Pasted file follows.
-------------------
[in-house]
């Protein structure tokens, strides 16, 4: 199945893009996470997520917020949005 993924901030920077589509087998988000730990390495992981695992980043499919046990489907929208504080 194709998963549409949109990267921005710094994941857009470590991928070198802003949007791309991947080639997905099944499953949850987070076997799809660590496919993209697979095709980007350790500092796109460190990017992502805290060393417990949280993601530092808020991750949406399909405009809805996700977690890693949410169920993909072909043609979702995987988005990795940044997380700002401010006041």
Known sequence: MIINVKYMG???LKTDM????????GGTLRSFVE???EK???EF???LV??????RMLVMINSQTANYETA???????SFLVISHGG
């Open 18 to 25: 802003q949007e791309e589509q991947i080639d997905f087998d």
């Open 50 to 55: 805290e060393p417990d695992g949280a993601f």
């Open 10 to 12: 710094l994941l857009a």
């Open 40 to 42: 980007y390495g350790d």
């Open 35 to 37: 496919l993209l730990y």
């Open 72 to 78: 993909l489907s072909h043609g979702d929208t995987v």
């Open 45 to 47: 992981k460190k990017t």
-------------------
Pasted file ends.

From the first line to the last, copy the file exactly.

[in-house]
């Protein structure tokens, strides 16, 4: 199945893009996470997520917020949005 993924901030920077589509087998988000730990390495992981695992980043499919046990489907929208504080 194709998963549409949109990267921005710094994941857009470590991928070198802003949007791309991947080639997905099944499953949850987070076997799809660590496919993209697979095709980007350790500092796109460190990017992502805290060393417990949280993601530092808020991750949406399909405009809805996700977690890693949410169920993909072909043609979702995987988005990795940044997380700002401010006041």
Known sequence: MIINVKYMG???LKTDM????????GGTLRSFVE???EK???EF???LV??????RMLVMINSQTANYETA???????SFLVISHGG
């Open 18 to 25: 802003q949007e791309e589509q991947i080639d997905f087998d």
């Open 50 to 55: 805290e060393p417990d695992g949280a993601f």
């Open 10 to 12: 710094l994941l857009a």
């Open 40 to 42: 980007y390495g350790d």
């Open 35 to 37: 496919l993209l730990y």
């Open 72 to 78: 993909l489907s072909h043609g979702d929208t995987v």
């Open 45 to 47: 992981k460190k990017t």